there are no moving parts and circuits do not have an exact lifespan.
    That 2010 Macbook air shut down abruptly after unplugging the mag-safe plug last night, but everything seems to be okay now.
    i guess that triggered something to prevent the MBAir for turning on this morning as scheduled.
    MacBook Air 2010 4gb Mountain Lion 10.8.5 and Snow Leopard 10.6.8
    i fixed everything on the macbook my self and repaired many in the past.

  9. #9
    password question
    pm-r's Avatar
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    I use a standard user account...

    That would be too much time and bother for this guy, especially for when installing or removing software etc. that needs admin permissions.

    But to each their own method that suits them eh????


    - Patrick
    ======

  10. #10
    password question

    Member Since
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    Hi All, Thanks for taking the time to address my computer questions.

    For my 2nd question re: the computer shutting down, thank you IWT and Pigoo3. I tried these ideas and I think they will address and solve my concern/question.

    As for having not only an administrator password but also a user password, I know that I can 'work around' this situation many ways; not requiring a password to log on, shortening the administrator password, etc, etc. But I guess I feel I was unclear in what I was asking : Is it possible to be an administrator (with a password) but also be a user (with a different password)? or is that something the Mac OS system doesn't not allow?? Is anyone out there in the same situation, having/using an administrator password but also having a user password. I guess I could create a new persona with his/her own user password. Would my computer be able to tell if it was really me or not?

    Bob M.

  11. #11
    password question
    chscag's Avatar
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    Yes, it is possible to be an Admin and also a user. You could certainly have both an Administrator password and a user password but that would require creating another user on your iMac and signing on that way. See post #6 above.

    But my question to you is..... why would you want to do that? It will only complicate the log on procedure for you. Our advice is to keep it simple.

    Right now, your computer turning itself off is what you need to be concerned with as that may be related to a hardware problem; hard drive, graphics, etc.

  12. #12
    password question
    MacInWin's Avatar
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    Bob, you can have two accounts, but each account has ONE profile (Admin or user). If you are the only user of the computer, your account can be an admin account. You really don't need to have a User account, unless you are worried about having admin authority all the time. I am an admin on my machine and have no other users, but have one other account, also an Admin, that is "clean" with nothing added to it so that if I have an issue with my account, I can reboot, log into that account and clean up whatever mess I've made. Both accounts have the same password, so I only need to remember one.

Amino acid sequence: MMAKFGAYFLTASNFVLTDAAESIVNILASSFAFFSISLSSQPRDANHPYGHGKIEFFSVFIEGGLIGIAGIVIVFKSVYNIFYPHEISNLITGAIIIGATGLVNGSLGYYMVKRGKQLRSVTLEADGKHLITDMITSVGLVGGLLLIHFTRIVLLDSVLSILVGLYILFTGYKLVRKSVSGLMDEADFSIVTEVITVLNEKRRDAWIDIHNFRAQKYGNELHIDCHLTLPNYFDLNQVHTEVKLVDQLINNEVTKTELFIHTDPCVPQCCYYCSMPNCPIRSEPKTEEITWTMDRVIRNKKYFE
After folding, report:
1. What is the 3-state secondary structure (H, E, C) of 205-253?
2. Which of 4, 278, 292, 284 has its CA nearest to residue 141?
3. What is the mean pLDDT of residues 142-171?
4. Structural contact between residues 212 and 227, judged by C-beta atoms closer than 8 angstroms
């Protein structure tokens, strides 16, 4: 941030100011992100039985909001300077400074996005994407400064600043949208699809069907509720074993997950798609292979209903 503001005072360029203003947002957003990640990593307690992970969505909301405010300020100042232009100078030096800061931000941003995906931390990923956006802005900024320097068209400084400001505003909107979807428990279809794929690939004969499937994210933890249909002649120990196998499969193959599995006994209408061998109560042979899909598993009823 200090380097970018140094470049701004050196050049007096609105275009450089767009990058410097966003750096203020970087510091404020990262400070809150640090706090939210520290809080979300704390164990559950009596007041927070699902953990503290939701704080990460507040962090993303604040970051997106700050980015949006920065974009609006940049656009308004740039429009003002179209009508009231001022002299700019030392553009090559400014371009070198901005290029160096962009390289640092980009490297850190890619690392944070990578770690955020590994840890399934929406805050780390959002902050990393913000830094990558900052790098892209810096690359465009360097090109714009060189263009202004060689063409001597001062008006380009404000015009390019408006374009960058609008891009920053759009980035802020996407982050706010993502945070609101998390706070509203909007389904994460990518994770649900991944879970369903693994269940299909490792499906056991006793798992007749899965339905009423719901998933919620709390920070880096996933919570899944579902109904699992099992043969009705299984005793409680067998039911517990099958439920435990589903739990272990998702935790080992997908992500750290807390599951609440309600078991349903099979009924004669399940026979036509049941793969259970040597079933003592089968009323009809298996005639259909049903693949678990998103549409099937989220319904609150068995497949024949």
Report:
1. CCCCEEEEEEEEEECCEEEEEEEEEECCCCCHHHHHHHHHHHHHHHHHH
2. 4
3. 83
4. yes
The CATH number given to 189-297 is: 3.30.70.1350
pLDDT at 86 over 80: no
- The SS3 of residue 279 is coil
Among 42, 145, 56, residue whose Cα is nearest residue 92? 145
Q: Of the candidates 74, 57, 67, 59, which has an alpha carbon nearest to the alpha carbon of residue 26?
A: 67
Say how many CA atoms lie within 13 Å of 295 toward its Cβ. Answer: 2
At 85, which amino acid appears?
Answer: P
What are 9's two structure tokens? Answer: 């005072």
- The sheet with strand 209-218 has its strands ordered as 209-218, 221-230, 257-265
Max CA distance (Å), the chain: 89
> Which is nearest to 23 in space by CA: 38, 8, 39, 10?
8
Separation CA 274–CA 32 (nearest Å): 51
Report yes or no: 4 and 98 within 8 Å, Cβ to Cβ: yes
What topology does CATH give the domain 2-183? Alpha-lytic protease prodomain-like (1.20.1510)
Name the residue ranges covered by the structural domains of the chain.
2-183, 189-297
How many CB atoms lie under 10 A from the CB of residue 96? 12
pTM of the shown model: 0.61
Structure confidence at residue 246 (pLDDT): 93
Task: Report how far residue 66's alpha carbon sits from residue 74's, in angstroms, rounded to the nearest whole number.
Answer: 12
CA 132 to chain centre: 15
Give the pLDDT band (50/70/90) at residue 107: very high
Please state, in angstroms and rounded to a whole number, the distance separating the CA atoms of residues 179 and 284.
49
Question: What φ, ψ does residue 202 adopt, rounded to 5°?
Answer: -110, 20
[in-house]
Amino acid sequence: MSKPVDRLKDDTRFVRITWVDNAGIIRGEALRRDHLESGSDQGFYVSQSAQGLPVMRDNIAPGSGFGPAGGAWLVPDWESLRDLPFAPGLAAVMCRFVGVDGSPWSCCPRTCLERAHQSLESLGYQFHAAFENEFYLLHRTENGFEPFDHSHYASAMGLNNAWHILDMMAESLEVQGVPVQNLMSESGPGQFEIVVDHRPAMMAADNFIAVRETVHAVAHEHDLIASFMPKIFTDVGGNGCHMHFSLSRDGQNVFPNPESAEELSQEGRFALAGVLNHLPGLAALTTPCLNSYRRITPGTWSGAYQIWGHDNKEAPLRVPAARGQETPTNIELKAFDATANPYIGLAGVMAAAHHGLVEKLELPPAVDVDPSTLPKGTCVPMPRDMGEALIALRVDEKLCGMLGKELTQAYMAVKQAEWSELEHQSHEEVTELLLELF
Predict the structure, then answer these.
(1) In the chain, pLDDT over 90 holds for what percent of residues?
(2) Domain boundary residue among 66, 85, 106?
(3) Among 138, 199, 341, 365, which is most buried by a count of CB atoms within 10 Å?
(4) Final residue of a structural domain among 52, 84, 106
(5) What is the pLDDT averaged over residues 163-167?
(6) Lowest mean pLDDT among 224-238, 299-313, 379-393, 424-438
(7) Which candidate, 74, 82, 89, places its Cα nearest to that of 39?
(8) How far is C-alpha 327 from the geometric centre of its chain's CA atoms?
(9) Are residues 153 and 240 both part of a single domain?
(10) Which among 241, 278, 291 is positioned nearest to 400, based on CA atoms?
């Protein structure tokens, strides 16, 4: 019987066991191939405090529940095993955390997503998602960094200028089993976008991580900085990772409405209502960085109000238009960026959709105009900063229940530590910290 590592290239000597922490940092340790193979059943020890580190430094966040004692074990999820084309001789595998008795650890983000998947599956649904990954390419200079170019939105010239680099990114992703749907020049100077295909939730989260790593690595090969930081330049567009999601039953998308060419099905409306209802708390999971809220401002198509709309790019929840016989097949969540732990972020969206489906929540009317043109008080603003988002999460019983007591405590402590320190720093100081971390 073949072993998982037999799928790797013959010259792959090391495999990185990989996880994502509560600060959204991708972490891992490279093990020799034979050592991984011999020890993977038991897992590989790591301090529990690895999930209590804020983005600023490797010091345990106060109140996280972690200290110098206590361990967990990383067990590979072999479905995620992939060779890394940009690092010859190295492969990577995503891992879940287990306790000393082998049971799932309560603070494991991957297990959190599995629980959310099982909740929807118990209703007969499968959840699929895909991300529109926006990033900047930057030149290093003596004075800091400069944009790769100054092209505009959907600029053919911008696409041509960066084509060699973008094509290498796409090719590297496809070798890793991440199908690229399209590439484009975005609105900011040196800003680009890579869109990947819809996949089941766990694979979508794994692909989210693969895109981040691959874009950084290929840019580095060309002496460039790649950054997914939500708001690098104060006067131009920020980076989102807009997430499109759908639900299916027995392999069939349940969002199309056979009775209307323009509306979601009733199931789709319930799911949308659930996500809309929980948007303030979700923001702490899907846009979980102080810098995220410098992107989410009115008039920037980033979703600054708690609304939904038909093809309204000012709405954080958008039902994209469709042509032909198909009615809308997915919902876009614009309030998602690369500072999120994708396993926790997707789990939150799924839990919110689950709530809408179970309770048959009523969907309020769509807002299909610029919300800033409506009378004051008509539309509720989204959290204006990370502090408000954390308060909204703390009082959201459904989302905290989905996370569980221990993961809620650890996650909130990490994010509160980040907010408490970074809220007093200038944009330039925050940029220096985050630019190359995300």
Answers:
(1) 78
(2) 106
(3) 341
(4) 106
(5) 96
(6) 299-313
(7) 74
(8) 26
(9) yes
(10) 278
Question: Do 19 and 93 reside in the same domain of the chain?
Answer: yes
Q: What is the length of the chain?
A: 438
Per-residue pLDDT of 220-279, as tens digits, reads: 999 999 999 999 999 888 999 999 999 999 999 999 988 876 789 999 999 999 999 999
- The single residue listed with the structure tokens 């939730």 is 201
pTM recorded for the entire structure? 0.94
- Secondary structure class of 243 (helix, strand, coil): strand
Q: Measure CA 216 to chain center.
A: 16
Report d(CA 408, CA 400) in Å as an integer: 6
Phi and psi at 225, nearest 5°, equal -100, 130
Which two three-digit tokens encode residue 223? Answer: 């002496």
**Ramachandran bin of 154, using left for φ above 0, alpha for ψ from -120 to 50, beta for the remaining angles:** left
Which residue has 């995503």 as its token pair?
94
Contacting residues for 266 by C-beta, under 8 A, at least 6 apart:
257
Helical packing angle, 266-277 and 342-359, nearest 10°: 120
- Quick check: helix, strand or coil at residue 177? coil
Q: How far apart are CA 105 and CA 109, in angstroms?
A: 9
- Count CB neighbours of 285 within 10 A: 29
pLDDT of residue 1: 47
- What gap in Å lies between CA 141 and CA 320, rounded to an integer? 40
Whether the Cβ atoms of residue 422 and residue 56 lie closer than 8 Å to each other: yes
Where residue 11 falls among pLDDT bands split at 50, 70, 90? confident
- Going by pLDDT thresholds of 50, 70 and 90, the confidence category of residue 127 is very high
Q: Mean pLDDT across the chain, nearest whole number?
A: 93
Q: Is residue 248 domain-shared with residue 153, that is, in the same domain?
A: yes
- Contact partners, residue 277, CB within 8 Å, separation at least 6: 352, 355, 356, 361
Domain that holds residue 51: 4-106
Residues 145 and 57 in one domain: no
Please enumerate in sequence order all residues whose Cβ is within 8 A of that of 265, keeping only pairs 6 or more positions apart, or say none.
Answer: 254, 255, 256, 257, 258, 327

The idea is to make it easy for yourself. But not so easy that someone can get your machine. In your case, you can lean to the easy side because you are relatively safe already.
    Jake

  13. #13
    password question
    ferrarr's Avatar
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    Quote Originally Posted by MacInWin View Post
    Bob, you can have two accounts, but each account has ONE profile (Admin or user). If you are the only user of the computer, your account can be an admin account. You really don't need to have a User account, unless you are worried about having admin authority all the time. I am an admin on my machine and have no other users, but have one other account, also an Admin, that is "clean" with nothing added to it so that if I have an issue with my account, I can reboot, log into that account and clean up whatever mess I've made. Both accounts have the same password, so I only need to remember one.

    The idea is to make it easy for yourself. But not so easy that someone can get your machine. In your case, you can lean to the easy side because you are relatively safe already.
    Yeah, I know Jake.

    I have 2 Apple ID's, and that's most of the reason I use two separate accounts on my Mac. For a while, I was using both accounts with one single user account, but things started to get mixed together. This way, I use my older original Apple ID (iTunes), which has most of our family purchases associated with it, as my main admin user account. Then I have my newer iCloud ID, which I created when I got my first iPhone (4S), and use this as my everyday standard user account.
    -- Bob --
    Please backup. Everything has a life cycle, unexpected and warning free. Nothing will last as long as you want it to.

  14. #14
    password question
    chscag's Avatar
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    Yeah, I know Jake.
    Too many Bobs.

    Jake was replying to "Bob M." not you.

  15. #15
    password question
    MacInWin's Avatar
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    Yep, that's what I was doing. Bob, Bob, Bob-bing along...
    Jake